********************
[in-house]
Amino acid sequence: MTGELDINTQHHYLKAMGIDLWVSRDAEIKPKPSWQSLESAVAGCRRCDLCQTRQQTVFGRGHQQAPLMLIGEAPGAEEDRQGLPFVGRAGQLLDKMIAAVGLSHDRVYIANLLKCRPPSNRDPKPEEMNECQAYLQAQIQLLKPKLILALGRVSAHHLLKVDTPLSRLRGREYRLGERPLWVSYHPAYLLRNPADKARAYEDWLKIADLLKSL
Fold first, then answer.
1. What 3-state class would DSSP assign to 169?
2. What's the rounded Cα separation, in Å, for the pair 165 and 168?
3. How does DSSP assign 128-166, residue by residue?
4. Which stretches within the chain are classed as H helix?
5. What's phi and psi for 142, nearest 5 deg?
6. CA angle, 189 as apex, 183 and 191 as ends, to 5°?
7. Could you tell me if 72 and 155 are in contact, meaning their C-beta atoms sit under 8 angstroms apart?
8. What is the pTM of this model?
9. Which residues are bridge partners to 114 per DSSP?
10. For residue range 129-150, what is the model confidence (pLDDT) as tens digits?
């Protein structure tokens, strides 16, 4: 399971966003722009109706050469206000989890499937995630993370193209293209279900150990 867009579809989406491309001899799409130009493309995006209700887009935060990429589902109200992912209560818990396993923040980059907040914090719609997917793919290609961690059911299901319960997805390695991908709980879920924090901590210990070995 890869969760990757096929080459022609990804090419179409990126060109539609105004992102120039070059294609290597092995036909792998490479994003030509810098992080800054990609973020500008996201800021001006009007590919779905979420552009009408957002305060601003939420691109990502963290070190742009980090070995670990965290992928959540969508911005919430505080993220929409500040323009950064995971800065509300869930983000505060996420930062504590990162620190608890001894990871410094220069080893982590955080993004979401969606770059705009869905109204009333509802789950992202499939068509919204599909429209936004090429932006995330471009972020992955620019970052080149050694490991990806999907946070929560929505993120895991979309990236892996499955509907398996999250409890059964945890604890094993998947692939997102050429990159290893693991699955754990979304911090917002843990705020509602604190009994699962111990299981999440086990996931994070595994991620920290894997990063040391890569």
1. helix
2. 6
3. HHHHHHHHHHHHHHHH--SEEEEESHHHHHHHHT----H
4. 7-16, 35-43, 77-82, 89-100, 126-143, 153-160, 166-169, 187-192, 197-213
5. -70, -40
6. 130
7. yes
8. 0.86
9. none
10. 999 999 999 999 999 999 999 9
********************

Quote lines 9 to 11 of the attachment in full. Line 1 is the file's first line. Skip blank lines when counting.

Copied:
6. CA angle, 189 as apex, 183 and 191 as ends, to 5°?
7. Could you tell me if 72 and 155 are in contact, meaning their C-beta atoms sit under 8 angstroms apart?
8. What is the pTM of this model?